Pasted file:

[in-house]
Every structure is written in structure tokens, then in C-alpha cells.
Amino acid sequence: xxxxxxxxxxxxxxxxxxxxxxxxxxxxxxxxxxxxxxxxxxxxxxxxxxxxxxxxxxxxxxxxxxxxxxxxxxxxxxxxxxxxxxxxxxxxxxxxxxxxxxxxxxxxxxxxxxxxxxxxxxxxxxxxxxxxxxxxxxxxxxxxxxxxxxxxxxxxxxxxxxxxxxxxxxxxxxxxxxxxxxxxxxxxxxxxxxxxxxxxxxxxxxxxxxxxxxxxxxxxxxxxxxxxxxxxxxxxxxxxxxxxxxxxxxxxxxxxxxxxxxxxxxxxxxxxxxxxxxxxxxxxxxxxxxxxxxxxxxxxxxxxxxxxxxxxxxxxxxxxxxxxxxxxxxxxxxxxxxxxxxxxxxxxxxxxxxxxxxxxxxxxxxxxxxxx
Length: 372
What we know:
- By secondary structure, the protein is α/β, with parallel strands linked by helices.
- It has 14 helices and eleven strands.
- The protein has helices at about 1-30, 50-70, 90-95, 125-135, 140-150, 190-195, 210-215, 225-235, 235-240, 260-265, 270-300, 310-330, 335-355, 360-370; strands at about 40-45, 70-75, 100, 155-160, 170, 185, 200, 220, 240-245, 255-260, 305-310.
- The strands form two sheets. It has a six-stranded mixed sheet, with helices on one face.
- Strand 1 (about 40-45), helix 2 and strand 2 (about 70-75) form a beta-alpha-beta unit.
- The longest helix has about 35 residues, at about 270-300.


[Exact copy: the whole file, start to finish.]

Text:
[in-house]
Every structure is written in structure tokens, then in C-alpha cells.
Amino acid sequence: xxxxxxxxxxxxxxxxxxxxxxxxxxxxxxxxxxxxxxxxxxxxxxxxxxxxxxxxxxxxxxxxxxxxxxxxxxxxxxxxxxxxxxxxxxxxxxxxxxxxxxxxxxxxxxxxxxxxxxxxxxxxxxxxxxxxxxxxxxxxxxxxxxxxxxxxxxxxxxxxxxxxxxxxxxxxxxxxxxxxxxxxxxxxxxxxxxxxxxxxxxxxxxxxxxxxxxxxxxxxxxxxxxxxxxxxxxxxxxxxxxxxxxxxxxxxxxxxxxxxxxxxxxxxxxxxxxxxxxxxxxxxxxxxxxxxxxxxxxxxxxxxxxxxxxxxxxxxxxxxxxxxxxxxxxxxxxxxxxxxxxxxxxxxxxxxxxxxxxxxxxxxxxxxxxxx
Length: 372
What we know:
- By secondary structure, the protein is α/β, with parallel strands linked by helices.
- It has 14 helices and eleven strands.
- The protein has helices at about 1-30, 50-70, 90-95, 125-135, 140-150, 190-195, 210-215, 225-235, 235-240, 260-265, 270-300, 310-330, 335-355, 360-370; strands at about 40-45, 70-75, 100, 155-160, 170, 185, 200, 220, 240-245, 255-260, 305-310.
- The strands form two sheets. It has a six-stranded mixed sheet, with helices on one face.
- Strand 1 (about 40-45), helix 2 and strand 2 (about 70-75) form a beta-alpha-beta unit.
- The longest helix has about 35 residues, at about 270-300.